“Was your crop given the right source at the right rate, at the right time and in the right place?” Learn best management practices from the 4R Nutrient Stewardship initiative.
Nitrogen loss can be a serious problem impacting yield potential and return on investment. Depending on the soil type, nitrogen fertilizer is susceptible to losing more than 50% of its nitrogen through ammonia volatilization, denitrification and nitrate leaching.
You might think that when nitrogen fertilizer is in the ground, it's safe. New research suggests you need to think again. When shallow banding unprotected urea less than two inches deep, researchers found that nitrogen loss due to ammonia volatilization can be even greater than unprotected broadcast urea.
A study by Dr. Rick Engel from Montana State University proved that surface-applied urea still loses a significant amount of nitrogen due to ammonia volatilization in cold weather, even under freezing conditions. High ammonia volatilization loss under cold conditions was mainly related to high soil moisture and soil pH.
While fall applications of nitrogen can help take pressure off spring field work, allowing for more timely planting, these applications are still at risk of nitrogen loss. We’ve debunked two common myths concerning nitrogen loss in fall-applied nitrogen to help ensure growers are maximizing their nitrogen fertilizer inputs.
Applying livestock manure to crops is a cost-efficient way to fertilize. Unfortunately, when manure remains untreated, nitrogen content can be susceptible to loss through volatilization, leaching and denitrification. And when nitrogen isn’t available for crops, yield can be impacted.
Soil is a nonrenewable resource that directly and indirectly produces about 95 percent of the world’s food* — so while defining soil health may not be easy, understanding its value is.
N-TEGRATION™ Technology from Koch Agronomic Services (KAS) seamlessly integrates an innovative technology platform with existing urea manufacturing processes to produce a homogeneous, 46% nitrogen, ready-to-use enhanced efficiency fertilizer.
Selecting what fertilizer best fits your operation can be a difficult process — this likely isn’t a surprise to you. With so many factors playing into the equation, how do you decide what details to consider to ensure your crops get the essential nutrients they need? This article discusses three key factors to think about as you explore your fertilizer options and how SUPERU® premium fertilizer from Koch Agronomic Services stacks up in each category.
Nitrogen management is essential to prevent nutrient loss, maximize yield potential and optimize economic return — it’s especially important when your nitrogen program includes a fall application.
While growers are familiar with the unpredictability of the weather, the varying impacts of weather systems in the fall and winter can mean leaving input investments to even more chance.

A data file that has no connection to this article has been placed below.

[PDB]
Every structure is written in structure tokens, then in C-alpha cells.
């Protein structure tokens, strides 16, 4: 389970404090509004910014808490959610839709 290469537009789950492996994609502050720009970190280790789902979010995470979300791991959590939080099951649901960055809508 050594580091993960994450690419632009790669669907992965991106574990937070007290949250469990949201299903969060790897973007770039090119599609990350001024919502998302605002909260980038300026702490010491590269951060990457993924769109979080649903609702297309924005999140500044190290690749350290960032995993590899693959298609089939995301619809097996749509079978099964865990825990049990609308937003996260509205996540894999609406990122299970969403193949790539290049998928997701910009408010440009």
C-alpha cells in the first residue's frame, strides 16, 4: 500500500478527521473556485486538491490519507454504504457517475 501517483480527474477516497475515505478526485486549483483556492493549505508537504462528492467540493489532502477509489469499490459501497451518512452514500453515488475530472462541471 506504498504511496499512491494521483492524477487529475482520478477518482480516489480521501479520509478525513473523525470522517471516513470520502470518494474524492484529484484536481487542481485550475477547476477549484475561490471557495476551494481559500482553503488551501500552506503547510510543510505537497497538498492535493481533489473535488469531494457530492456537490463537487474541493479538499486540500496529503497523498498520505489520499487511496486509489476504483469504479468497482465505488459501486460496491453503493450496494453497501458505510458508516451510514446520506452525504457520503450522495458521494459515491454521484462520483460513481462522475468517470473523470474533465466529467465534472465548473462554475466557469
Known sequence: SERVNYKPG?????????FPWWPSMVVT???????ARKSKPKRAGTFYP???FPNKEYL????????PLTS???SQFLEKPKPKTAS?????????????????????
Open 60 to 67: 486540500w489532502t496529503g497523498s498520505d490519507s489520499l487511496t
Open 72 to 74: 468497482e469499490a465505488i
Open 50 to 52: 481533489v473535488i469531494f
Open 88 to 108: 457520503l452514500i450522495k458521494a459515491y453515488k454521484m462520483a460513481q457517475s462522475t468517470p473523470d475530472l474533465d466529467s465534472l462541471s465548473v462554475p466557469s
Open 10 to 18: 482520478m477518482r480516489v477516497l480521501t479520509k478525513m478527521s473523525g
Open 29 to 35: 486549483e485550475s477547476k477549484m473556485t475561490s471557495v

Do you plan to pull soil samples this fall? Learn why soil samples are valuable and why now is a great time to determine a method of sampling.
DCD or dicyandiamide is the active ingredient found in many fertilizers and additives marketed for their nitrification inhibition properties, including SUPERU® fertilizer. SUPERU is a finished fertilizer with 8,500 ppm DCD that is backed by more than 25 years of research and hundreds of trials.
Packed with unsurpassed efficiency in every granule, SUPERU® premium fertilizer has been scientifically formulated to protect a grower’s nitrogen investment against volatilization, leaching and denitrification. With both urease and nitrification inhibitors, SUPERU enhances nitrogen efficiency, boosts yield and minimizes potential nitrogen loss to nearby water sources.
In a study evaluating various enhanced efficiency fertilizers (EEFs) on effectiveness of reducing nitrogen loss from denitrification and leaching, SUPERU® premium fertilizer led the way.
We know that nitrogen is an important element. It makes up 78% of our atmosphere and is a key component in plant growth. But how do plants utilize this key nutrient? What role does nitrogen play as a crop nutrient? How do the three types of nitrogen loss differ?
To better understand why plants need nitrogen to grow, it’s important to know what the element does and why the nitrogen cycle is a necessary part of all living matter.
If the 2019 season taught us anything, it’s that things don’t always go according to plan. But that doesn’t mean looking ahead is a fruitless practice. With that in mind, have you started thinking about your 2020 nitrogen plan? A strategically planned anhydrous ammonia application can deliver significant agronomic and operational benefits. But how can you be confident your nutrient investment will still be available when crops need it?